Letting go without falling apart—when your youngest goes to college

Letting go without falling apart

It was a late start, but then again, that was all part of the plan.

Most college kids were already in school — some had even come home for a weekend. But those California folks have their own ideas about a lot of things — start times, grading quarters, and an odd tradition of not knowing who your roommate is until move-in day.

Regardless of the context, the reality remains — I was sending my youngest child to college. My life would soon forever change.

I’d been preparing for months — envisioning the trip, booking flights, hotels and specialized services. Traveling by wheelchair is not easy, especially 3,000 miles away from home.

But my biggest challenge was the mental preparation, trying to find that perfect zone where I could gracefully let go … without falling apart.

I sought the advice of other mothers.

Some were practical: “Bring tissues.” “Wear dark glasses.” “Wait until you get into the car to cry,” they advised.

Others laid out the unvarnished truth: “It’s awful,” one said. “I cried every day for weeks.” “I don’t know how you are going to do it,” another said. “It’s so far away.”

But the best advice came from a 25-year-old young woman, who was not a mother at all.

“You will be fine,” she texted me the morning of the move-in day. “Just think of it as so exciting!” my wise daughter wrote.

So I banished the stoic mantra I had concocted, “He’s ready. I’m ready,” for the more energized, “It’s so exciting!” and was surprised at the shift in my attitude. When I focused on the excitement of the unknown, rather than the fear of it, the loss became filled with wonder and anticipation.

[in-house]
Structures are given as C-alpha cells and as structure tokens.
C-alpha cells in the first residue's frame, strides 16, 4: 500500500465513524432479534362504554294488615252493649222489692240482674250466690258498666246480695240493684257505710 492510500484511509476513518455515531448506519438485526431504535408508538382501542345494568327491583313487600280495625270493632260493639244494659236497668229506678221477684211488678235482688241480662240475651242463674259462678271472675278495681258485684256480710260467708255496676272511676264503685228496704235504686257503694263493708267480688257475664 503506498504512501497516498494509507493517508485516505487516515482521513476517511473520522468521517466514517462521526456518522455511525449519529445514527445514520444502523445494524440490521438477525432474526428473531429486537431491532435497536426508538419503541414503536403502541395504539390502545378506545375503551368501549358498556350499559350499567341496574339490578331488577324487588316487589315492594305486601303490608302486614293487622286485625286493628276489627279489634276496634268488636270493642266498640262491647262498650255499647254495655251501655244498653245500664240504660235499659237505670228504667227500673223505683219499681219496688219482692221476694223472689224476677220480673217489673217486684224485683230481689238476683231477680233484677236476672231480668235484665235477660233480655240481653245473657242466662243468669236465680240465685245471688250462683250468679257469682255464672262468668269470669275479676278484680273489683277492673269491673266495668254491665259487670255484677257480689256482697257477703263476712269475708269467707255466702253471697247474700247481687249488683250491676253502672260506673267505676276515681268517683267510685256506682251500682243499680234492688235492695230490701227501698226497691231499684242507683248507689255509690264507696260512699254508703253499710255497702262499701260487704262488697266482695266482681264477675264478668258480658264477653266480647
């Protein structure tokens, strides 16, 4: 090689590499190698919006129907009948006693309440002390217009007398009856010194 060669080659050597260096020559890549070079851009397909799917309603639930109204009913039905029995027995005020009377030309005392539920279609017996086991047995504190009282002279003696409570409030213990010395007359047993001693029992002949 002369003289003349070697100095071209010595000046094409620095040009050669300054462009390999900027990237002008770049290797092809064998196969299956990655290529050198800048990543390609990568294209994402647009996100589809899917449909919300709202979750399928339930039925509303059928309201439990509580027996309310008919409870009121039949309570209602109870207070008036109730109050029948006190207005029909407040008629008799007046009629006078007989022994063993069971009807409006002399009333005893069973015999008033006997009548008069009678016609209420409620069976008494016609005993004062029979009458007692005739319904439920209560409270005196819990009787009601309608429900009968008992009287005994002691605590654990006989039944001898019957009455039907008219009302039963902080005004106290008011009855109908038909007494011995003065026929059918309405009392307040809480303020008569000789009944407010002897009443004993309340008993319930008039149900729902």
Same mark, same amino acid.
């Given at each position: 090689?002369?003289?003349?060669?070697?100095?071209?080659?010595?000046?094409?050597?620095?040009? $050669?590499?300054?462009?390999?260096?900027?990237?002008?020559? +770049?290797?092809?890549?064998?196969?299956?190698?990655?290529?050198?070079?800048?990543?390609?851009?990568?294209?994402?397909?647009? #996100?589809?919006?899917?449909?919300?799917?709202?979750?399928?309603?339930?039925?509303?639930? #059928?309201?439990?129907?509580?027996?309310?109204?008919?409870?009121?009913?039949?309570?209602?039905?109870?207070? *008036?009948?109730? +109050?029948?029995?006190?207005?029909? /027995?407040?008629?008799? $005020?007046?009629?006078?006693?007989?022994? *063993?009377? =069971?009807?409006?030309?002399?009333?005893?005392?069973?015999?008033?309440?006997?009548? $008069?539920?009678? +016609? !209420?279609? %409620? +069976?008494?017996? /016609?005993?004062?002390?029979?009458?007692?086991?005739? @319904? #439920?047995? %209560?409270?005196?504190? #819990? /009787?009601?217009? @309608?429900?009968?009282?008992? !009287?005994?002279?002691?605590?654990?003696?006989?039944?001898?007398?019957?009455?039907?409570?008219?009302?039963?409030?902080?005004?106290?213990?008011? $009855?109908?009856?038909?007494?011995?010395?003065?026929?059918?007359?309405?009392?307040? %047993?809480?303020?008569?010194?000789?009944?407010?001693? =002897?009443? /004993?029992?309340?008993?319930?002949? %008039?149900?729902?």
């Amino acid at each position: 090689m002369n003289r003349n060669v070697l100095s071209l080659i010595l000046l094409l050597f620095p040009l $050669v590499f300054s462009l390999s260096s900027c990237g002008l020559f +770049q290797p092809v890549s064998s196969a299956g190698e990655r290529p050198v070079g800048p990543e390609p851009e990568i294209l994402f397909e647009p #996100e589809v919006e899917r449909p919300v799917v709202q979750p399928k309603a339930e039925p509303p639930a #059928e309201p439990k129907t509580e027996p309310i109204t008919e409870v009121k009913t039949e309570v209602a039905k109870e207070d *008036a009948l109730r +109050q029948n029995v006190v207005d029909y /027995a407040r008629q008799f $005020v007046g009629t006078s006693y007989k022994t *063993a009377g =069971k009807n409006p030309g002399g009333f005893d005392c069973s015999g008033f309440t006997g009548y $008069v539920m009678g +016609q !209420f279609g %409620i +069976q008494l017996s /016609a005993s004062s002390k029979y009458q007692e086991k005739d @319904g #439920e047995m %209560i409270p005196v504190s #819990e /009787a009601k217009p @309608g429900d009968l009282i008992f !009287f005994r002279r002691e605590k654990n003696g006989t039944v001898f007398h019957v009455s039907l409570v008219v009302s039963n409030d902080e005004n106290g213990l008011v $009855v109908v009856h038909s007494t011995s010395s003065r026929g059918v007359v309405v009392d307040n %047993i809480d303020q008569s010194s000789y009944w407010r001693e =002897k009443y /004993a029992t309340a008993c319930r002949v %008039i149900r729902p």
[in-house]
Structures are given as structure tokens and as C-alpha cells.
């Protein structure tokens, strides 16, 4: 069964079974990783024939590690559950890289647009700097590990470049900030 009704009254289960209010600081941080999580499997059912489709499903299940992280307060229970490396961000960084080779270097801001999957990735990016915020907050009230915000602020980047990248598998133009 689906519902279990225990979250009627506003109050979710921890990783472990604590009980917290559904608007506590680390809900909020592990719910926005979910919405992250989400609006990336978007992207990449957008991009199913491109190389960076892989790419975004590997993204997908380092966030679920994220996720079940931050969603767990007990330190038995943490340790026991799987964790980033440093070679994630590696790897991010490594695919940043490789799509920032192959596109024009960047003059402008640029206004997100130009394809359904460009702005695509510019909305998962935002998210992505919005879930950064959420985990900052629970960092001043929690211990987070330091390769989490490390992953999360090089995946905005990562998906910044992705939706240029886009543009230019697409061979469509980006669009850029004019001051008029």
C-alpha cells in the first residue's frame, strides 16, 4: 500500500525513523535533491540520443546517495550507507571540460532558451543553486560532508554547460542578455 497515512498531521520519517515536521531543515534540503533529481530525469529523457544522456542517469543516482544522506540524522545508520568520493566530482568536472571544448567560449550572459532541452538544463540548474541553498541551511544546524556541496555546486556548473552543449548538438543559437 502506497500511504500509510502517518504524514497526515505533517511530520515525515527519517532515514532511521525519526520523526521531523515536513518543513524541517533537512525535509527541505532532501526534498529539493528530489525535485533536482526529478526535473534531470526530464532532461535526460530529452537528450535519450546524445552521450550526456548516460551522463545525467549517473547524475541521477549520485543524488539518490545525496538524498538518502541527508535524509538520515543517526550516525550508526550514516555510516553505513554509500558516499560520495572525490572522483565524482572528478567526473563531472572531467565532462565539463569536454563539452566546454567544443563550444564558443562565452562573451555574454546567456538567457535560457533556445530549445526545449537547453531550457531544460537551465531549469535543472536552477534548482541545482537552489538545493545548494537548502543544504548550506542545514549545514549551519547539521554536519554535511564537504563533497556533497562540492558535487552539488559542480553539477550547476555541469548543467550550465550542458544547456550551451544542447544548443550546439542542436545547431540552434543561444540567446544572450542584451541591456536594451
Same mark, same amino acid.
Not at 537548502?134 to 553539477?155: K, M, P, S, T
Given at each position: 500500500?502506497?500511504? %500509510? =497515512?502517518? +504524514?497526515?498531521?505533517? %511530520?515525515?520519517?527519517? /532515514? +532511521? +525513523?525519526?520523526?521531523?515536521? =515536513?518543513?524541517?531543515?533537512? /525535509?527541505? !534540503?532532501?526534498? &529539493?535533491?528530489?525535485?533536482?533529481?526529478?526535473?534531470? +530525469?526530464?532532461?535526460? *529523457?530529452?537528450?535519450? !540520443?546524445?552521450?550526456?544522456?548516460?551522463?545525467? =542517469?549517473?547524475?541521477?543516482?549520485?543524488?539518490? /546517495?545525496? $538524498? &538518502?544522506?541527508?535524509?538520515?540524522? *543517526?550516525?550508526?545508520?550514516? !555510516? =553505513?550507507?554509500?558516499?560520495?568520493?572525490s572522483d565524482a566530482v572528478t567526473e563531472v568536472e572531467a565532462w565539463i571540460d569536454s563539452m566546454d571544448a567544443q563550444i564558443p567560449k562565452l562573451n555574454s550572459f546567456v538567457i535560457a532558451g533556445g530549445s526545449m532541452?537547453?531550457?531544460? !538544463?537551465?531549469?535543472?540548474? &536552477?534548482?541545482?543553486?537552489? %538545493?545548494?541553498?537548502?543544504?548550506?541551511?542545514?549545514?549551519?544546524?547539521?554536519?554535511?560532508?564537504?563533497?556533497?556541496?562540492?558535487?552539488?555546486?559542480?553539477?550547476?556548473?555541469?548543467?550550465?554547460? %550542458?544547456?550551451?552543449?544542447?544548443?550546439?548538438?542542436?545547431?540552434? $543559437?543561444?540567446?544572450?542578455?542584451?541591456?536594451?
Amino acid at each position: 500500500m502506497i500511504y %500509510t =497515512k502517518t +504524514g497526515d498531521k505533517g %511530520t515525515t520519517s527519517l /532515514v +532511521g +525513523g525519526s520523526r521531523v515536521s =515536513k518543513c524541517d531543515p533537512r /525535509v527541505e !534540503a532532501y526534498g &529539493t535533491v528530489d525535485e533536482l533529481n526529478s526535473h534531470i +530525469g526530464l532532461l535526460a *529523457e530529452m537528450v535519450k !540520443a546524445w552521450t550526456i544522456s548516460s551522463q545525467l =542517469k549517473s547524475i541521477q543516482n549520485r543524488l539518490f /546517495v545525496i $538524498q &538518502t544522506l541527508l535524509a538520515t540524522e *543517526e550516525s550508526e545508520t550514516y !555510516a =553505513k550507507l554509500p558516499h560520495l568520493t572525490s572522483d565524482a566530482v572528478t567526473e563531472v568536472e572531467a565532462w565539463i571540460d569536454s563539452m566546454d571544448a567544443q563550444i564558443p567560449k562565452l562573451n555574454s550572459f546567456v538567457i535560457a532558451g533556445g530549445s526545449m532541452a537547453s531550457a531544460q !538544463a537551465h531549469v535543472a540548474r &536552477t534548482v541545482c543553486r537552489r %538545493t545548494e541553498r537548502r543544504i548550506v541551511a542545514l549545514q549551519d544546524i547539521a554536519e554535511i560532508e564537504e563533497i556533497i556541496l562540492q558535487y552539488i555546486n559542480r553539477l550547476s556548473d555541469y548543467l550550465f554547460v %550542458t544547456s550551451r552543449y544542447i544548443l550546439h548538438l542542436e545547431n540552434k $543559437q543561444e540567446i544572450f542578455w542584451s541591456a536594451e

“It’s so exciting,” I thought as we had our last breakfast together before heading to campus, letting the possibilities of the next morning’s meal lighten the tone.

“It’s so exciting,” I repeated as we emptied the car and filled half the dorm room, hypothesizing about the young man who would soon fill the other half.

Unlike my daughter’s all-day dorm move-in six years ago, the unpacking went quickly. The young men gently dismissed us to wander the campus until Convocation and the grand finale — a “welcome home” parent-student meeting back at the dorm.

“The conclusion of this event is the traditional time for you to say good-bye to your family members,” the student schedule stated so matter-of-factly.

But, it was an artful goodbye.

The dorm’s 97 students and their parents crammed into the sun-filled lounge where the Resident Fellow family — parents, two kids and a dog and cat who lived in the dorm’s apartment — introduced us to the other resident advisors. After a slide show featuring each student, we were told the time had come for us to say good-bye.

Hugs and tears muffled our farewells until the students departed. Only the parents remained.

“We know you’ve said good-bye, but here’s one last chance for you to share your parting words,” a voice said quietly above the emotional silence.

“Take a marker and write a note to your child on the glass panes, if you like. Give it careful thought as it will be here all year,” we were reminded.

Slowly the parents moved to the panes and began to craft their well wishes.

“It’s so exciting,” I whispered to myself as I took the pen in my hand. “Deep roots. Strong wings. Big heart. Show them what you’ve got, Pete.”

And I wheeled away from the windows and headed out the door.

He belongs. He is well cared for. He is doing what we have been preparing him to do. All part of the plan.

It’s so exciting.

And I made it to the car.

This column was originally published as part of my “From Where I Sit” series at in The Baltimore Sun.